I was nervous, so I reached for a distraction. He nodded solemnly. But over the following weeks and months, I realized I had two jobs when it came to the death of my mother: Don’t fall apart and don’t let mentions of her yield anything but a smile.
So far, I think my wife and I have been fairly successful. We started by showing my son video footage of the aforementioned pillow fight I’d captured on my iPhone, then with watching our wedding video and asking him to point Grandma out. Then, after attending a birthday party, my wife accidentally let Antonio’s helium balloon slip out of the car and into the sky. Naturally, Antonio was not pleased. But he was certainly intrigued when we determined that the balloon wasn’t lost at all, but it was merely “sent up to Grandma.” To this day, he associates balloons (one of his favorite things) with my mother. And he smiles.
In recent months, instead of asking if Grandma is coming back, he instead asks questions about heaven.
How did she get all the way up there?
Where does she sleep?
Does she still have my balloon?
Frankly, the questions break my heart. But if he never asked at all, I think it’d be worse. So I answer him as cheerfully and imaginatively as possible.
She has special flying abilities that take her up, up, up into the sky, and she uses a cloud as a pillow. And of course she still has your balloons. She always will.
In a way, I feel like I’m writing a fairytale on the fly. This magical lady who flies with the birds and sleeps above the raindrops. Sometimes I even get caught up in the fantasy of it all, detaching myself from reality for a moment. I suppose I do it for me as much as I do it for him. I don’t want her to fade into a memory for either of us.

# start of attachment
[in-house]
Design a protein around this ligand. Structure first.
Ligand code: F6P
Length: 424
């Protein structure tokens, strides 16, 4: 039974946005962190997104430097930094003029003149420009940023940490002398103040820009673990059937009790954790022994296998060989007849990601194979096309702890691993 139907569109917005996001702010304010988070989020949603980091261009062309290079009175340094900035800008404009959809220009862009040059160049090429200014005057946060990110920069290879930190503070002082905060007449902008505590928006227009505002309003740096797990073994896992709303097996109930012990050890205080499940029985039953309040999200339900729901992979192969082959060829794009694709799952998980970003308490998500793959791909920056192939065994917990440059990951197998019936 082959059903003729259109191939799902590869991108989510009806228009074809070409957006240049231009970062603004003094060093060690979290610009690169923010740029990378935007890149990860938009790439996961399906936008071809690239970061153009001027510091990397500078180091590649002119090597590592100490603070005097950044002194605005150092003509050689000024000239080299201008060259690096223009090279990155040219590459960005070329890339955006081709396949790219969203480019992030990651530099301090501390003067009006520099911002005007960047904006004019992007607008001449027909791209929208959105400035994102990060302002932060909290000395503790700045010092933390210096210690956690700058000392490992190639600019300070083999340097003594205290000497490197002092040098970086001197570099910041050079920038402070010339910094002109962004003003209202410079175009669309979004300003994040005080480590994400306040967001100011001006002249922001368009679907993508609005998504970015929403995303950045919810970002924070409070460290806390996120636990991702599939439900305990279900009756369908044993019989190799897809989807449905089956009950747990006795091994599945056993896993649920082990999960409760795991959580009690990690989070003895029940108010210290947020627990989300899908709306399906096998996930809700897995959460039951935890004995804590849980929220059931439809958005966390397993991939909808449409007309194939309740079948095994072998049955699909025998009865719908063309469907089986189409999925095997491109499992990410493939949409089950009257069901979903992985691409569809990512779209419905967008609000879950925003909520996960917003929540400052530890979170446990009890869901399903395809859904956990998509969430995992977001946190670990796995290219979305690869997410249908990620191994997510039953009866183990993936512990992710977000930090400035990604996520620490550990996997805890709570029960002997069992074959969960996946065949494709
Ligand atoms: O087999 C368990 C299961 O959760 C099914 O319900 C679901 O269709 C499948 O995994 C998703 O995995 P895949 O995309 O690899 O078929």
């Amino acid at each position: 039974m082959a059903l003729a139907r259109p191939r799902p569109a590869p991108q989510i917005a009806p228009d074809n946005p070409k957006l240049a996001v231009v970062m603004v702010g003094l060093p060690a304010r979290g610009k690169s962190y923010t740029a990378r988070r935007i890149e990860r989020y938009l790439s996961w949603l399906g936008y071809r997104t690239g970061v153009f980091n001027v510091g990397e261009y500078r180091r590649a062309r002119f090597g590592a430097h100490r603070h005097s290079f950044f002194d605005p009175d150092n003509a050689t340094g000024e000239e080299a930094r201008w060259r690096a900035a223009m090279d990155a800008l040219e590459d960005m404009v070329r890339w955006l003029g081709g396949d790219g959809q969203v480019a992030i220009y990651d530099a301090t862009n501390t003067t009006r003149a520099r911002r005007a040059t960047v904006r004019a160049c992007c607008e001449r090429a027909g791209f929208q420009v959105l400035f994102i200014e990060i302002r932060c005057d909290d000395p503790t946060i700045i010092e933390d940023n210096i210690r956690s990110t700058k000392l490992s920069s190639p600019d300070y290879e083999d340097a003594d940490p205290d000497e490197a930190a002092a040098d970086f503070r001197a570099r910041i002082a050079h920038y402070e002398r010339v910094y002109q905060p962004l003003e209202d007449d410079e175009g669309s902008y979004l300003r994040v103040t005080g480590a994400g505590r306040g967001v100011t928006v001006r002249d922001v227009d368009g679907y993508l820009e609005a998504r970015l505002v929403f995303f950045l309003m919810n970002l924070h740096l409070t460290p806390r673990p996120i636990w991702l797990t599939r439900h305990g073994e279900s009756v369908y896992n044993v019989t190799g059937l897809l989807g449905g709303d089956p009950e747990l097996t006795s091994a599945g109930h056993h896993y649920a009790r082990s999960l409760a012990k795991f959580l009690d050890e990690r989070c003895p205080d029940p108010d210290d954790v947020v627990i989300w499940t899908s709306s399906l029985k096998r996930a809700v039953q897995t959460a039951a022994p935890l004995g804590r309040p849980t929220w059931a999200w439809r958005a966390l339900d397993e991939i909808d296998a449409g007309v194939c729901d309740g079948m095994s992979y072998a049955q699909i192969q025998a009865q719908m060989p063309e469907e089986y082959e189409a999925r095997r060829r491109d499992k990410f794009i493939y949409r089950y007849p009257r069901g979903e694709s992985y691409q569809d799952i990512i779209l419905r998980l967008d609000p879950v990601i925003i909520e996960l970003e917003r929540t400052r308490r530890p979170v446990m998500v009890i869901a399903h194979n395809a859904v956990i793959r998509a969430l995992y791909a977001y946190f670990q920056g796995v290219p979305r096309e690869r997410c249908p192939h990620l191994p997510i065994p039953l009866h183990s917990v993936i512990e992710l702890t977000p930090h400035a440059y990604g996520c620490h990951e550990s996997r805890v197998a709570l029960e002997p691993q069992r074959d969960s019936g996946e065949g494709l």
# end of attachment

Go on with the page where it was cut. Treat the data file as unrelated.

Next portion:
So if you’ve recently found yourself in this unenviable position, know that you’re not alone. And also, don’t be afraid to tell your children the truth. Or as much of the truth that you determine they can handle. Ignoring my mother’s memory around my son was not the solution to my grief or to his understanding of this dreadful situation. Honoring her memory and reminding my son of how wonderful his grandmother was (and magically continues to be) is a step in the right direction. Because while I will always be saddened by any mention of her, my children deserve to know how much she loved them. And she deserves it, too.
Antonio and my mother, two weeks before her death. Strangely, she already looked like an angel.
I truly hope that you either found solace in reading this or will think back on it if you ever need to explain the unimaginable to your children. In closing, here’s a picture of the inside cover of Green Eggs and Ham, as inscribed by my mother to my son. I always point it out when I read it to him.
Feel free to share your stories by adding a comment below.
* If you prefer my humor-based posts, forgive me for the seriousness of this one, as I felt it was a story that needed to be told.
Read more about how to talk to your kids about death and tragedy:
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Fearless Feisty Mama, Joe DeProspero, Losing a Parent, Mom Situations, Mom Tricks and Tips, Must Read